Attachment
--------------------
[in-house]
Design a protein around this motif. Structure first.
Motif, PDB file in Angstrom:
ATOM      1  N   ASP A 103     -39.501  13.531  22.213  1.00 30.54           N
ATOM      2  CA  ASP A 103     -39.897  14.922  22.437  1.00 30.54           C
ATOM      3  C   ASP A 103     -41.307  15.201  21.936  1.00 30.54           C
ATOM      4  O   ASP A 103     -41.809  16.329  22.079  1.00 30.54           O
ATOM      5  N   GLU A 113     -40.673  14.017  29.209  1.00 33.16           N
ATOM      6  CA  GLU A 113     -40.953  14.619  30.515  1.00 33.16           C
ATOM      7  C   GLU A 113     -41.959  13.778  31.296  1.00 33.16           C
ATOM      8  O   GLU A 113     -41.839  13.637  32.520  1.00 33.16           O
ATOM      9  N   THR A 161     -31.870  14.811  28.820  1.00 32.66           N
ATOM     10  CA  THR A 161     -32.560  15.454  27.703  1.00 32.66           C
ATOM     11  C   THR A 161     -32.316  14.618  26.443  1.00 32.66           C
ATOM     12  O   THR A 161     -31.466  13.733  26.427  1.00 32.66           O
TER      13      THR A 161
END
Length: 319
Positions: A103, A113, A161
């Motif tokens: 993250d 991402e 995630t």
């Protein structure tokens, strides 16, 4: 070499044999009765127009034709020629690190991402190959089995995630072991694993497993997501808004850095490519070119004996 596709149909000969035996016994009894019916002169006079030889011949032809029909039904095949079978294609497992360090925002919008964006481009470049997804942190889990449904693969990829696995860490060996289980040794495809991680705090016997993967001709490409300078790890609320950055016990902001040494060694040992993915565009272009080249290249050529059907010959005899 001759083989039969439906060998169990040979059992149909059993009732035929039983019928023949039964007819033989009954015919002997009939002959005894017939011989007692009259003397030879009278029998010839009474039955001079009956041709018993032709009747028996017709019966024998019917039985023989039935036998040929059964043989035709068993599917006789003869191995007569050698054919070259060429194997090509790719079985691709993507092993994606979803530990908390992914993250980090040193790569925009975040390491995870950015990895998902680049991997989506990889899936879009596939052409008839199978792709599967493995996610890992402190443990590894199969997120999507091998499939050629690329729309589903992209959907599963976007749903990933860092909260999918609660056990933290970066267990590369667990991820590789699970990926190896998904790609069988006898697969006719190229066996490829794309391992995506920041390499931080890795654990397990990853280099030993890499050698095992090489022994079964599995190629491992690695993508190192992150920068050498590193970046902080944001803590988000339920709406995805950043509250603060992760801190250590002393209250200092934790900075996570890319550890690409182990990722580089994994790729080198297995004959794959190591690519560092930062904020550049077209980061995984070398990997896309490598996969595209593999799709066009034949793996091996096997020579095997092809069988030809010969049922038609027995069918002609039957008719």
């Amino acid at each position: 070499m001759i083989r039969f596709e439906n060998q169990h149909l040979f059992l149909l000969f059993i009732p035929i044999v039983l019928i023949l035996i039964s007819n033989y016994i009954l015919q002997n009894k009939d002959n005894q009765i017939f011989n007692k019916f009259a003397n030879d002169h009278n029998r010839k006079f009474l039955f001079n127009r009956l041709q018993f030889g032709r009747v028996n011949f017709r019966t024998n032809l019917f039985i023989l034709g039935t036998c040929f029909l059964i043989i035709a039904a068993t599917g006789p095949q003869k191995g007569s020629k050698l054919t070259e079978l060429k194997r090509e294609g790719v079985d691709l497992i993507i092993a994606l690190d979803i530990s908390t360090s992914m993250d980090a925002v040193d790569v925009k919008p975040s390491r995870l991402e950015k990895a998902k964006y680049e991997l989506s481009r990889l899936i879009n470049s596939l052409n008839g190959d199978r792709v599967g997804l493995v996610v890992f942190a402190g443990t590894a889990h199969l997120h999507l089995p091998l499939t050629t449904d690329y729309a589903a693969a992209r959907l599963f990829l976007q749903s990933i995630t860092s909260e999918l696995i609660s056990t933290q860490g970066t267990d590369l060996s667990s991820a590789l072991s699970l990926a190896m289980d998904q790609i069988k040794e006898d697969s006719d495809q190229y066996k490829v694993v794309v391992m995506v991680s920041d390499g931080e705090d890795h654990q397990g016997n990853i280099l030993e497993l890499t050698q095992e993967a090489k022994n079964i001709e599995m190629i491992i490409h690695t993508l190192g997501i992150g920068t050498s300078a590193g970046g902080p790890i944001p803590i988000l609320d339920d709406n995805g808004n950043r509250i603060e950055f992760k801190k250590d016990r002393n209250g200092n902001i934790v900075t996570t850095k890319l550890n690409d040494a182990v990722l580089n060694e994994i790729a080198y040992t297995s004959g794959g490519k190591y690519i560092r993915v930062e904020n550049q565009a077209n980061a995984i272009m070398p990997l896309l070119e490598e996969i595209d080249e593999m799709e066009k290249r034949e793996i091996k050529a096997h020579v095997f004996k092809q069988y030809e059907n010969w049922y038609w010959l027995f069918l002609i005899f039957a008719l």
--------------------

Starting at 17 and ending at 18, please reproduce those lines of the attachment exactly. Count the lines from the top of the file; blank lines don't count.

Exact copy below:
END
Length: 319